After it quit burning and I figured my eyeball wasn't going to melt and run down my face, I called my optometrist's office and got an emergency appointment and went in. He's a guy not given to a great bedside manner, not that he needs one, doing eyes and stuff, but he finds the stuff I do fascinating: he was my source many years ago when I wrote an article about safety for Rubberstampmadness, and fine glitter was all the rage, and I called him up and asked him about glitter and eye safety (if it's not ground glass glitter, it poses little danger, but you do not want to, you know, deliberately put it in your eyes or anything. Duh). He was really interested in what I had been doing and what chemicals I was using. I was glad I knew that soda ash, also known as "washing powder," is sodium carbonate, not to be confused, as many people do, with sodium bicarbonate, which is baking soda. But then he got me by asking if it was a base, and I had no clue. I still don't, but here's info for you.
We talked about eye safety in doing stuff like this. He rec. the getting-into-the-shower thing for washing out the eye, and he said that goggles are better than safety glasses, which a lot of people prefer because they're more comfortable. He said, "If something splashes onto your forehead, where's it going to go?" Of course: it will run down into your eye. Hence: goggles, rather than open glasses.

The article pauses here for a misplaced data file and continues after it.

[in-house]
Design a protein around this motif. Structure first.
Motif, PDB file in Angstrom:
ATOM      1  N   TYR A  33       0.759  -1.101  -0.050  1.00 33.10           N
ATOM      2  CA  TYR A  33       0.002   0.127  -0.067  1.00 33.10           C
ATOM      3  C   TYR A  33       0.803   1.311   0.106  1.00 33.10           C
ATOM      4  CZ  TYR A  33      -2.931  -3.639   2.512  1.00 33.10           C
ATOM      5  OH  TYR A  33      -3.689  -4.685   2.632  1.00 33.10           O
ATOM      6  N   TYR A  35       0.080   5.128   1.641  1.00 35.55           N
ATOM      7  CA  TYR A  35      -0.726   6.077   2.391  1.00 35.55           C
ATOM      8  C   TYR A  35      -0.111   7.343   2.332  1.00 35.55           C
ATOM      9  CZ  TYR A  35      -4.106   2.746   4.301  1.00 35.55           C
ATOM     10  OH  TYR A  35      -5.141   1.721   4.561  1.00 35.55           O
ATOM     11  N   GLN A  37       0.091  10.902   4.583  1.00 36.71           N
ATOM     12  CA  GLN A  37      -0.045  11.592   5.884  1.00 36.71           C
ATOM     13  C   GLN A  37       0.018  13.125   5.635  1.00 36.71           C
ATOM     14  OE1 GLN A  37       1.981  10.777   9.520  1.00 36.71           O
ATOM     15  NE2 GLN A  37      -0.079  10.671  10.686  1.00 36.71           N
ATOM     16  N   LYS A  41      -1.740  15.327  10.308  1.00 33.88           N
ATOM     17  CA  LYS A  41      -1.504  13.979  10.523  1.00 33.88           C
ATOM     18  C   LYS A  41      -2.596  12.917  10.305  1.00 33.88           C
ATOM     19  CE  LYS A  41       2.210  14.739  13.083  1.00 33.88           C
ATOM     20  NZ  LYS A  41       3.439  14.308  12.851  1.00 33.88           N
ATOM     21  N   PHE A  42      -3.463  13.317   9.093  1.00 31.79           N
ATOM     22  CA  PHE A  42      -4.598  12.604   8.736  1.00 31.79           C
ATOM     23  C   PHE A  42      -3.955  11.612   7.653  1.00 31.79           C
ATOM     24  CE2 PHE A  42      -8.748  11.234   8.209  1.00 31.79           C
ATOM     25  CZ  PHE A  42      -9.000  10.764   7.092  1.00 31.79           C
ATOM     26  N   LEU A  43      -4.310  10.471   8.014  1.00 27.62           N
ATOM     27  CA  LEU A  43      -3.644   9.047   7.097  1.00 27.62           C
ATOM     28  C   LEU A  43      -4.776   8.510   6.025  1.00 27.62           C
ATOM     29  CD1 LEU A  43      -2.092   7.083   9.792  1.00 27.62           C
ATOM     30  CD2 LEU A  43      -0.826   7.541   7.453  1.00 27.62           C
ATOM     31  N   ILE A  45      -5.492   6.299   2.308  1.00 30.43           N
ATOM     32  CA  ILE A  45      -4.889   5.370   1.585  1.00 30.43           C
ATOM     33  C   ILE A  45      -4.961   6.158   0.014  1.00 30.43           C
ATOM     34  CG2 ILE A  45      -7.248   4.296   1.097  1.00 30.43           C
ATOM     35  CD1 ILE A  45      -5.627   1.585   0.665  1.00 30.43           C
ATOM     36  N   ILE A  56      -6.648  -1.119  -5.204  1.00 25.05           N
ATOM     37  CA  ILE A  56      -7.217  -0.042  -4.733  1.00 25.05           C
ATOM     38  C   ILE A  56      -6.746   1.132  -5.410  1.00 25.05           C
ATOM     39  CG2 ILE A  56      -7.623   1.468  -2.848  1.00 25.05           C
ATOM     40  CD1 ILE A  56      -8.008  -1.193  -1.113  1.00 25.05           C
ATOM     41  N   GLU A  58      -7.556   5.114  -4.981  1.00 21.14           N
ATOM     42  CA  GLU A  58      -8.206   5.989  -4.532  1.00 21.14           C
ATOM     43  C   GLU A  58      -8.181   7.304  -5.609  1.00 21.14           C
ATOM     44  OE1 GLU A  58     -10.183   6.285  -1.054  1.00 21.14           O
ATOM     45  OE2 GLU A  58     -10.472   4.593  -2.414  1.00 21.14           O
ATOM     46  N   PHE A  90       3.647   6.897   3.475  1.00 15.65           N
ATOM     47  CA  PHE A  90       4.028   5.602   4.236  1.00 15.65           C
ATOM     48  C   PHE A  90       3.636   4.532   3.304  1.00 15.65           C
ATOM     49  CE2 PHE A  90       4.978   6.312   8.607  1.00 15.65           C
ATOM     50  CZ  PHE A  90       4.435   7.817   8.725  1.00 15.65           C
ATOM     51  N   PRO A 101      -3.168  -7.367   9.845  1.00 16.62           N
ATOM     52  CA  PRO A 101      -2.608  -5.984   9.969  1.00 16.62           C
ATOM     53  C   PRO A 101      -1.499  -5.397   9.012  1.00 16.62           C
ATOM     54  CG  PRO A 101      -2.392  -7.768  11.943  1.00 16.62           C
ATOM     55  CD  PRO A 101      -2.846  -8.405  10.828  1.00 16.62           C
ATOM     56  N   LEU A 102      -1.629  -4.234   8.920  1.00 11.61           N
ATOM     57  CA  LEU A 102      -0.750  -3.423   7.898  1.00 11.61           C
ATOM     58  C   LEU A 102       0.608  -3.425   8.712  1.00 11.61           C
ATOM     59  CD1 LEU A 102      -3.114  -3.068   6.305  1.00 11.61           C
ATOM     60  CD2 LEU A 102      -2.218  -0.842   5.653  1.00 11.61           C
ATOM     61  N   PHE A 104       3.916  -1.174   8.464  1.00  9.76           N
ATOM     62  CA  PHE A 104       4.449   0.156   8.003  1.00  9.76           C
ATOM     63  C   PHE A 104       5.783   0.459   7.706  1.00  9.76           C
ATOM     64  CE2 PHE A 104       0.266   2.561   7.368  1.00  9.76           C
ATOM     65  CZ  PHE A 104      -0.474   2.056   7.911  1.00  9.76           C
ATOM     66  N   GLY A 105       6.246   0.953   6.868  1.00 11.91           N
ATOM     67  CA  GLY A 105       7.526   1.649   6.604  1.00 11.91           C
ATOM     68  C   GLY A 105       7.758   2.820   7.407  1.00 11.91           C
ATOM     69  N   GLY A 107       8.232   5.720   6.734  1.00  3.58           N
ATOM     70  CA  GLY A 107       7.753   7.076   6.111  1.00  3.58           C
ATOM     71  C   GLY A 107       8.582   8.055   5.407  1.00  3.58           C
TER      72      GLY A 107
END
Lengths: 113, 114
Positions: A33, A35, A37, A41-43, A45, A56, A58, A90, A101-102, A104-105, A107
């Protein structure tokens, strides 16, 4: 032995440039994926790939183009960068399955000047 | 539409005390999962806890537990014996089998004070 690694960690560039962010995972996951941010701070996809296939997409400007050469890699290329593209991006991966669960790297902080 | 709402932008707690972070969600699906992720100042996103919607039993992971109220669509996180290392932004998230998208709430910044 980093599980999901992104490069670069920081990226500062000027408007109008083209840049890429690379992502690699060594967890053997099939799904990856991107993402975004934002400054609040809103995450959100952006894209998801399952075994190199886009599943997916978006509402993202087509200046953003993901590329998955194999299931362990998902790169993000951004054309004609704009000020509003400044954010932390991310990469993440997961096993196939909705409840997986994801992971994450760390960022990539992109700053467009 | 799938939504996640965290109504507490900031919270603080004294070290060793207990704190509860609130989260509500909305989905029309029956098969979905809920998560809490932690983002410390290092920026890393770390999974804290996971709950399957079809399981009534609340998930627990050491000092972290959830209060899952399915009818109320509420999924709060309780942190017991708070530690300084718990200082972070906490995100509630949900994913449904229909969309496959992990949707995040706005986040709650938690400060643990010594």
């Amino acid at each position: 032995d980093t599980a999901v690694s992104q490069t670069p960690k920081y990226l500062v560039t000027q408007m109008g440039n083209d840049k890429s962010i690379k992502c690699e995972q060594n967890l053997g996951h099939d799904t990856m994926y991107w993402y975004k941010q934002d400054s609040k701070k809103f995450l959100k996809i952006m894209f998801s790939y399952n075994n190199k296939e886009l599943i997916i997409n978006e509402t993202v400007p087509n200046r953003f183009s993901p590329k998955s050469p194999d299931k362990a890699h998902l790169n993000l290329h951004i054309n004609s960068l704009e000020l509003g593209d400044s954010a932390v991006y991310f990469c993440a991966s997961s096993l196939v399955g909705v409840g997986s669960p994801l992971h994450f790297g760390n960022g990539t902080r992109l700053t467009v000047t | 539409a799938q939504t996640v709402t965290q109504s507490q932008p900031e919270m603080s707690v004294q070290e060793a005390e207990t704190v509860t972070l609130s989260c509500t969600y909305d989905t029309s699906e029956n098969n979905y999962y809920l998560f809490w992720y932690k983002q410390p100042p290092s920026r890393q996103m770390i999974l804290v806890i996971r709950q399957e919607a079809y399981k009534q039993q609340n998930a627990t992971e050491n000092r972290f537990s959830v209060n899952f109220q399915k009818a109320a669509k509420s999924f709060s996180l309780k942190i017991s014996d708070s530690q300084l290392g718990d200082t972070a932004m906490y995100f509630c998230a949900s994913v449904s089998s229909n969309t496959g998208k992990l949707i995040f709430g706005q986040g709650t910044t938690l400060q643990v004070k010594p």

He also rec. keeping a bottle of contact lens solution in the studio as an emergency eye wash. Go out and buy a bottle right. this. minute. OK?
He washed out my eye once again and checked for burns (some very minor stuff on the surface, but nothing serious or permanent), and I hopped in the car and drove across the parking lot to Home Depot and bought this:
[Note: In case you're wondering, no. I do not wear these all the time, all Howard Hughes-with-the-Kleenex-boxes. I don't have those kinds of issues. I do try to take care of my hands, though, because I kind of need them a lot. Even chapped skin is a big deal when you're working with fabric; yesterday I was working with silk, and the rough skin on the tips of my fingers, where I stab myself with the needle, kept catching and pulling the thread in a highly annoying way.]
So if you use anything—anything!— that might splash or drip or pop or poke into your eye, go get some of these and WEAR THEM. I know a couple people who lost an eye. One guy was working on a car and had a wire that snapped off a tiny piece that lunged at him and lodged in his eye. The resultant infection moved to the other eye, too, and he was lucky they could save the sight in that one. Scary stuff.
So, yeah, sure: I look goofy as hell.
But do I care? No, I don't, and you shouldn't either. And that's why I'm changing my profile photo on Facebook: if I can look like this online, you can look like this in the privacy of your workspace. If, indeed, there still *is* such a thing as "privacy."